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CAPE TOWN - As South Africa’s economic woes continue, many individuals are faced with increased demands and as households and companies work to make ends meet. This has caused higher-than-usual stress levels in the workplace and increased absenteeism as employees call in sick. But what happens when taking time off work to rest, re-focus and re-energise is not an option?

Christo Botes, the spokesperson for the 2017 Entrepreneur of the Year competition sponsored by Sanlam and BUSINESS/PARTNERS, says this is the reality for many entrepreneurs – those dedicated to building their communities and the broader economy – given that running a business is considered a 24/7 role, with many having no one within their business to lean on for support.
“While a rewarding journey, entrepreneurship can also be a lonely, stressful road and can lead to burnout, depression and other stress-related ailments if not managed appropriately,” says Botes.
He points to the 2016 Profmed Stress Index, which revealed that work is the number-one cause of high levels of stress in South Africa and that finances are a leading contributor to stress – and a contributing factor to depression.
“The pressures of keeping a business afloat and ensuring the financial well-being of a business and its employees can be overwhelming for entrepreneurs,” says Botes.

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He says that in the current marketplace – plagued with low growth, and low business and consumer confidence – it’s not surprising that entrepreneurs can find themselves overwhelmed with stress.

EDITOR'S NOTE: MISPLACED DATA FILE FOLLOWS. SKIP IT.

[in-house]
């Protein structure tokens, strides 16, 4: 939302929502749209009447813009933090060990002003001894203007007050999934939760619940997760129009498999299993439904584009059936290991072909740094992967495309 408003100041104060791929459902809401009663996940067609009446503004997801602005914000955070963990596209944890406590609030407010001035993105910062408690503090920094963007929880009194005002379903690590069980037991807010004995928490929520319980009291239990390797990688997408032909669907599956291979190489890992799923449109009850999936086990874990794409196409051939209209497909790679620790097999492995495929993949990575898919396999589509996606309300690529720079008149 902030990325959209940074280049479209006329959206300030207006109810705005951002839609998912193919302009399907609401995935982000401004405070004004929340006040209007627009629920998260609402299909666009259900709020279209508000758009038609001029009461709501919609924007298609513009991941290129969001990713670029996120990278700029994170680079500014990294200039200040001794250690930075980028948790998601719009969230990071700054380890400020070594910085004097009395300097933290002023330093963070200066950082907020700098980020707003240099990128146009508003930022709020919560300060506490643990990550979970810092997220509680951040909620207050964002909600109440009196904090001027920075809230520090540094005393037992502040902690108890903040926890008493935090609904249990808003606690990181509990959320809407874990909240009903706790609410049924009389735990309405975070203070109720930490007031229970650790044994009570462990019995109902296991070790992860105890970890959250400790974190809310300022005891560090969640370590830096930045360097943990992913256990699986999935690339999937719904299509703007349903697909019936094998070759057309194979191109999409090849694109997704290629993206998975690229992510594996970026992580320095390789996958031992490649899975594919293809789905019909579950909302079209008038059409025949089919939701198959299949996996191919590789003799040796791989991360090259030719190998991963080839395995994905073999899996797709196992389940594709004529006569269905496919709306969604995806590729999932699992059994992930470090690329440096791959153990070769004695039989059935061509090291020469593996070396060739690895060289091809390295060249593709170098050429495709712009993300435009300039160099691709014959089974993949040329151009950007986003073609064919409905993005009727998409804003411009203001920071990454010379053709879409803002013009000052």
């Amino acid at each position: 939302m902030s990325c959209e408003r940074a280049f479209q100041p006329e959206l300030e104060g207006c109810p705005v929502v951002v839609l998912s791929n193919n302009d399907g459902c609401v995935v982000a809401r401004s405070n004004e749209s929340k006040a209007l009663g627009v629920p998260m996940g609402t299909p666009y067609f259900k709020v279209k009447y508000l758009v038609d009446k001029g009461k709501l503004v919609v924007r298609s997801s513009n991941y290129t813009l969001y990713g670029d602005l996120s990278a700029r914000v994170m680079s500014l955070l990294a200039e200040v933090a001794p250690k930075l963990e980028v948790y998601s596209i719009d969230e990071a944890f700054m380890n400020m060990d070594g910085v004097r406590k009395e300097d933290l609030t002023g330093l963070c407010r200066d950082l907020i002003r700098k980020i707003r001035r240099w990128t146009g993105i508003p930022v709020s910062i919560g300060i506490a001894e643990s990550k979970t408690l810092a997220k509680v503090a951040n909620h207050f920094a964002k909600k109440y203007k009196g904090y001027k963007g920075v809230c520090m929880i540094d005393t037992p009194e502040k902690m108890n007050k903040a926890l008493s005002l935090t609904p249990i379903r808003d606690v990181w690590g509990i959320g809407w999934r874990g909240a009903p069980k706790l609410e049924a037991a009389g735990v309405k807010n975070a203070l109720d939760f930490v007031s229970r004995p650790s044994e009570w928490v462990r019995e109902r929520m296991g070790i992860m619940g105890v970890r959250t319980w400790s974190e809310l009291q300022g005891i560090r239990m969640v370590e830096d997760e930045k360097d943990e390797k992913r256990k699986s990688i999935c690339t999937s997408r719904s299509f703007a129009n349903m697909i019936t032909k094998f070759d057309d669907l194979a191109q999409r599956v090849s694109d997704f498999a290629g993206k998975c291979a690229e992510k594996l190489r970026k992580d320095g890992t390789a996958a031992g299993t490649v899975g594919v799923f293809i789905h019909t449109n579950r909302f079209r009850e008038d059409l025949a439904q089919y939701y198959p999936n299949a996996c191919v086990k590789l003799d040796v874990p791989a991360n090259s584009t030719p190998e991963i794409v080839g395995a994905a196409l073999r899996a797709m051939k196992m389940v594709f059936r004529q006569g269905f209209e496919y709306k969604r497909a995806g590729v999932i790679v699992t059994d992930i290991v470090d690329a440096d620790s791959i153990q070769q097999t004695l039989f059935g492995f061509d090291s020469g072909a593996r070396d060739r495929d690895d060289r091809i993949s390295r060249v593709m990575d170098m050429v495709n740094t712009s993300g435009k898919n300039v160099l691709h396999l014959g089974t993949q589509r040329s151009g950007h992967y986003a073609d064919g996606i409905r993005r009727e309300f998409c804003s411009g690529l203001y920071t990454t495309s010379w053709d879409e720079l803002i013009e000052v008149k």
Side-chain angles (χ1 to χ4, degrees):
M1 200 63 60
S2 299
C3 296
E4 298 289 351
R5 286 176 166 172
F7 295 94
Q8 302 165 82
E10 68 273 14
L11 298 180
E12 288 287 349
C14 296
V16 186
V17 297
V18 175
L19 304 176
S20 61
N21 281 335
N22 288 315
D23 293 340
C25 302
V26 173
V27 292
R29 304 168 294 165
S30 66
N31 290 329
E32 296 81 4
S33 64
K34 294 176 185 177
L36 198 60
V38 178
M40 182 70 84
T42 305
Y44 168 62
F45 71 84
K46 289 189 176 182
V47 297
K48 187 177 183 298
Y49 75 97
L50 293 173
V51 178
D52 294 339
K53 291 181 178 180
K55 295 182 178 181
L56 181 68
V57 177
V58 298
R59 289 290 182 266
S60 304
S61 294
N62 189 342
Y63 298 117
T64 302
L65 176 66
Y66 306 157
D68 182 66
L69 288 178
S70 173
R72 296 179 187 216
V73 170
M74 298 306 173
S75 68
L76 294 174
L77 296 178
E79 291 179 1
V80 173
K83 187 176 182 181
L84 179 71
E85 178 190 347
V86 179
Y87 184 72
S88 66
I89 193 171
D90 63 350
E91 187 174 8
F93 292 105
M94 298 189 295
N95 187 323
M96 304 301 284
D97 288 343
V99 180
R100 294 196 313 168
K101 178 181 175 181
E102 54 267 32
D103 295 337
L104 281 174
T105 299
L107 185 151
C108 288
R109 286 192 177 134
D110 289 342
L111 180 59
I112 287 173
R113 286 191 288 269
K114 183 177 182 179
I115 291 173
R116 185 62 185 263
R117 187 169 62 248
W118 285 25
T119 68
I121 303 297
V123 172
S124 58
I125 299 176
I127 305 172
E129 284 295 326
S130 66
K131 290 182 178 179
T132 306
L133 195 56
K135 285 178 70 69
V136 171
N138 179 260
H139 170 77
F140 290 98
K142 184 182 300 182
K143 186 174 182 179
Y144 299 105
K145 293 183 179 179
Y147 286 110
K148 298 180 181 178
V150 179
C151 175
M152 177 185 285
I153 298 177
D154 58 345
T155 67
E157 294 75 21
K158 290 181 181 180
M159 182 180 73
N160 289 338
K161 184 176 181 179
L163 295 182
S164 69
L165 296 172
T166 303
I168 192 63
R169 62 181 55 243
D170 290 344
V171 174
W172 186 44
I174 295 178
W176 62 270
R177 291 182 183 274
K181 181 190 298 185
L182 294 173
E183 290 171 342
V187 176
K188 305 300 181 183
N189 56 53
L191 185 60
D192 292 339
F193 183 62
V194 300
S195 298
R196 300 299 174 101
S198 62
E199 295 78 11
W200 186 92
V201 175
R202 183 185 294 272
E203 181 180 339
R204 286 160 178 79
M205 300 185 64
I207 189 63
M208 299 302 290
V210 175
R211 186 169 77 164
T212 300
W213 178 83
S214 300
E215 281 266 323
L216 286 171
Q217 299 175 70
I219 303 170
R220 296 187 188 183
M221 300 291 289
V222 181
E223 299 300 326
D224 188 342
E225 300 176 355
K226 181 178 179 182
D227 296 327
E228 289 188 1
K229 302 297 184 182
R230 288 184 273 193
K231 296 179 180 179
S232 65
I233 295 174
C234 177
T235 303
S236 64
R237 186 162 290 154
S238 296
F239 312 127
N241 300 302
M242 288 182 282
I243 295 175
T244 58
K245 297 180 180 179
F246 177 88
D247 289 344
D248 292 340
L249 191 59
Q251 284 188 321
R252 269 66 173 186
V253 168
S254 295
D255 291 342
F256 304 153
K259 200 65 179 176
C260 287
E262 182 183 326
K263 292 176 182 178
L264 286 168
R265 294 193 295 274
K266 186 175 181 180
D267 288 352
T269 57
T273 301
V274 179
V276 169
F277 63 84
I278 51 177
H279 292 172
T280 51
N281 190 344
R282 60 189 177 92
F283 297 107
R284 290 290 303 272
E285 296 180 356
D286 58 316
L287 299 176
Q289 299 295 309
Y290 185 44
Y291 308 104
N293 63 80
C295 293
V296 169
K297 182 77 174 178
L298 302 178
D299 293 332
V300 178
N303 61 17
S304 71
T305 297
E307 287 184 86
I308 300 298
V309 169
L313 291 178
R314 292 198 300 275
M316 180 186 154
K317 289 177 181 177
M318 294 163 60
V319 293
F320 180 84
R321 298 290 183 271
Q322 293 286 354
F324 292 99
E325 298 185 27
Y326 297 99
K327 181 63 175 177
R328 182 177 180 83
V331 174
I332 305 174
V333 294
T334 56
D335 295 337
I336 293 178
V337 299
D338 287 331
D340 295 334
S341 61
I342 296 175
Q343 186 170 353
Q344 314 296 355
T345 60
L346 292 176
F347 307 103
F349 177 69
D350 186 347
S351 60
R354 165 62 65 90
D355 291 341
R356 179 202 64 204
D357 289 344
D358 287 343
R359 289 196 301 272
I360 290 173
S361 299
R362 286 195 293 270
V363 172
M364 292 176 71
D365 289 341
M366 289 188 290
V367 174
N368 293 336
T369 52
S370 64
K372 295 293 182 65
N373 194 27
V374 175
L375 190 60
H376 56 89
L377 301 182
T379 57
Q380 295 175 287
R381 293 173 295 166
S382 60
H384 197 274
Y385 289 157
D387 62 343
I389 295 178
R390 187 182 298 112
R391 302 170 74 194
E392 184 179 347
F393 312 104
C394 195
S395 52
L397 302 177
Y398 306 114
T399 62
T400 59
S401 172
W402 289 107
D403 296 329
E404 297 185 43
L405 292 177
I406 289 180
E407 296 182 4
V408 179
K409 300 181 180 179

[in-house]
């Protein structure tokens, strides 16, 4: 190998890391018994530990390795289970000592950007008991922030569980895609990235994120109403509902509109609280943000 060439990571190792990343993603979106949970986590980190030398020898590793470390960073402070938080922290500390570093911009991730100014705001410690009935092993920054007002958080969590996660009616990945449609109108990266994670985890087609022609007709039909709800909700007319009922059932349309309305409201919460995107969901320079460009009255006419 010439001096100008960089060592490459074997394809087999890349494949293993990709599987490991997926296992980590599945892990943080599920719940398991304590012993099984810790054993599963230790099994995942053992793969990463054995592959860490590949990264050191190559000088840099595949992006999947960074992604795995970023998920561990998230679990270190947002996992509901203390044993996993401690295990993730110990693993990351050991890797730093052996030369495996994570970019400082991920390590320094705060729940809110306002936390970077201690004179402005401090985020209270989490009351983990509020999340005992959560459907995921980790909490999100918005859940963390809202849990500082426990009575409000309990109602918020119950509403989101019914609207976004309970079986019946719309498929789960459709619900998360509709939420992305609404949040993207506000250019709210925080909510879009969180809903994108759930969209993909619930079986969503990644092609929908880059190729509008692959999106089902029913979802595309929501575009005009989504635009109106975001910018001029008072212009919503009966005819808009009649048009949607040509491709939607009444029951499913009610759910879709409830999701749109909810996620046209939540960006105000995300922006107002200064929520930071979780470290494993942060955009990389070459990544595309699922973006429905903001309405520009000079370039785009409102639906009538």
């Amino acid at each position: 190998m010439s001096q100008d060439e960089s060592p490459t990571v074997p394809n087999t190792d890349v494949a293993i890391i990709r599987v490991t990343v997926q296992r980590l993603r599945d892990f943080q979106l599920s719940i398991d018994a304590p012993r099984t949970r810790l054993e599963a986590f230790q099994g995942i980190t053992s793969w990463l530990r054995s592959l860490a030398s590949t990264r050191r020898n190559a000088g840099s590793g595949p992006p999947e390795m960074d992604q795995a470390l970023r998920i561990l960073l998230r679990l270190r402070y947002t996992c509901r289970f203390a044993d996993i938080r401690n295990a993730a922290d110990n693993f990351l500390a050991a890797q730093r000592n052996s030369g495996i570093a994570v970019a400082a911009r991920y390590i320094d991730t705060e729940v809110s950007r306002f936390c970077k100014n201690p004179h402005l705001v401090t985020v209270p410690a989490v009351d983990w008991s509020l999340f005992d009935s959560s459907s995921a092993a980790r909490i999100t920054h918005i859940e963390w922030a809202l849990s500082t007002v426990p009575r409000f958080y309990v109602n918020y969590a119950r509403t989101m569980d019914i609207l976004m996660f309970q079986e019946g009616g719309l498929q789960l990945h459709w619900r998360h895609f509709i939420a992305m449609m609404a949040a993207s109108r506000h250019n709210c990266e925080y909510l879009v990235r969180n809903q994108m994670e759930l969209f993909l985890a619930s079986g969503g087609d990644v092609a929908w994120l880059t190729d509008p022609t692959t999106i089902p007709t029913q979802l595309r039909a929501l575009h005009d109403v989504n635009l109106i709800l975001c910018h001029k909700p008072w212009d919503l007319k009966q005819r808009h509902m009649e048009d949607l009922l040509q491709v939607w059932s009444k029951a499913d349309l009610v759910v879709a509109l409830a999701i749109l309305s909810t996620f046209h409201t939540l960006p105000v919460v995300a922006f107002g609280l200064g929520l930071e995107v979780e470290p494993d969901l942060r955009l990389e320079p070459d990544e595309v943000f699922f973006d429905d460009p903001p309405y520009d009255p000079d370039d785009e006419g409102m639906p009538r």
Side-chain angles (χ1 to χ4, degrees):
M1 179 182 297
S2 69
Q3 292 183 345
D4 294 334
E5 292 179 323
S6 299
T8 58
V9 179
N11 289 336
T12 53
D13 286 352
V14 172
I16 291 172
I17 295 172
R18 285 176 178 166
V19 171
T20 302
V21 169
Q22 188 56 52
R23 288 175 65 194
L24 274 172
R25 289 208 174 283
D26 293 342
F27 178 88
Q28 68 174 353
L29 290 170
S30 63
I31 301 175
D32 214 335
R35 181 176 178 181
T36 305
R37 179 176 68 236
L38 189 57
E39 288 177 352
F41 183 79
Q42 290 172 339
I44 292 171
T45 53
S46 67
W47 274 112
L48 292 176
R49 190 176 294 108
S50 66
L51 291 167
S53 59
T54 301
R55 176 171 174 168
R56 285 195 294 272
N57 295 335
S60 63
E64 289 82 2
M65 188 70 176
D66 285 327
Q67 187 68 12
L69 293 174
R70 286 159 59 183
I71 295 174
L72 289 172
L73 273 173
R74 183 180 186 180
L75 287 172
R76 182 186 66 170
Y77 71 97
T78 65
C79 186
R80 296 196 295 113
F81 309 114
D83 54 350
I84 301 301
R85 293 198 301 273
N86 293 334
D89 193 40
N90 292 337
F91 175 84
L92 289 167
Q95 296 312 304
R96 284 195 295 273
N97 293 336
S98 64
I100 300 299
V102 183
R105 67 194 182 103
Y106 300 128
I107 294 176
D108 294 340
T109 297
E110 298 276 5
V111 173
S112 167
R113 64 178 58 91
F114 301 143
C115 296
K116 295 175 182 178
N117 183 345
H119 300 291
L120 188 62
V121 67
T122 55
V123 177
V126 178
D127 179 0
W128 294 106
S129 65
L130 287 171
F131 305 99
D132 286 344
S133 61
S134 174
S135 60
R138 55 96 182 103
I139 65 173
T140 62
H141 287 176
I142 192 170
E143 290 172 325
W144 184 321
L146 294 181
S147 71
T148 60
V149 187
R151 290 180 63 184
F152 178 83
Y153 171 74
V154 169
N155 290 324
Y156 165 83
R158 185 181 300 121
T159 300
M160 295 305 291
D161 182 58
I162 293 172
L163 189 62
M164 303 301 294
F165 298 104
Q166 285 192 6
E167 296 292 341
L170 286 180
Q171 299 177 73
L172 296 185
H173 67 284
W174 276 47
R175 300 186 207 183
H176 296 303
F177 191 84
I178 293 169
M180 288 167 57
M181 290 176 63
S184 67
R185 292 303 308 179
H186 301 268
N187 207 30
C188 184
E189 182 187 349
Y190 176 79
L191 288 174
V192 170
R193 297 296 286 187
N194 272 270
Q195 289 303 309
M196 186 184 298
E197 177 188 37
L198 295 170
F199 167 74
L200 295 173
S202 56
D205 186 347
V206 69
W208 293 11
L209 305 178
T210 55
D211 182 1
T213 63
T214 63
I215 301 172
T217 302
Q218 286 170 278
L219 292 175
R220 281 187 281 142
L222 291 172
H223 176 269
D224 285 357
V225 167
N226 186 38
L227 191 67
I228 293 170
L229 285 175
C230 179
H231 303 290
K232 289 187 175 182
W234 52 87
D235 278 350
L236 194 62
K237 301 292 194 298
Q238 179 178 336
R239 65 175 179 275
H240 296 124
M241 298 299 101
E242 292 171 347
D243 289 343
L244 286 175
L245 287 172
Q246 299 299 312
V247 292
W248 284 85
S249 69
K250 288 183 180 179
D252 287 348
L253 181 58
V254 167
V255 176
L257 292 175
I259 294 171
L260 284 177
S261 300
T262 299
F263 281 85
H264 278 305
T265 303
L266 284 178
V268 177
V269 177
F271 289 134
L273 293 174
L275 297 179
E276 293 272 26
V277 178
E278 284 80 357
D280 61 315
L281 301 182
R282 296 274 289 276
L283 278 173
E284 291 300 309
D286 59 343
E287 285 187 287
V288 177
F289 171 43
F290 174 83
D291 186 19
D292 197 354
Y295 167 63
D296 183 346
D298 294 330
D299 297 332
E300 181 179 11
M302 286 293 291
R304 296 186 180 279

“There is a psychological side to entrepreneurship which isn’t spoken about as openly and freely as are encouraging the career path and praising these individuals for the role they play in growing an economy. However, increasingly, many well-established entrepreneurs across the globe have begun to speak out about their own battles with depression and stress management, serving as encouragement to others not to feel alone in their experiences,” says Botes.
For entrepreneurs, Botes says that passion and emotion are particularly linked. “As entrepreneurs are driven by the passion they hold for their businesses, it is often difficult to separate this emotion from the pragmatic decisions that must often be taken in a business.”
Botes says it is important that entrepreneurs separate their emotions from their professional endeavours and make regular efforts to review the business critically and objectively to prevent issues from manifesting into something greater than they have to be.
“Making time to regularly review the business and acknowledge any potential warning signs – be it in the product model, business model, service offering, reputational and team members – can ensure that any issues are dealt with as early as possible, and before they develop into larger, more frightening problems that could raise stress levels unnecessarily,” says Botes.

He says a common mistake many entrepreneurs make is procrastinating over problem-solving out of fear of tackling a problem head-on.

“Not dealing with issues as they occur, or neglecting to leverage team members and their skills, can lead to entrepreneurs feeling trapped and alone within their business – as though they are employees working within the business, rather than an owner working on the business.” He says this can perpetuate feelings of loneliness and tendencies towards depression.
Botes says that having someone to talk to, such as a close family member, friend or business mentor, is a good option for entrepreneurs to consider to avoid developing feelings of isolation. “Having someone you trust, who can provide trusted advice when things seem unsettled or overwhelming, can be of huge benefit, and can assist the entrepreneur in successfully moving forward with confidence and level-headedness.”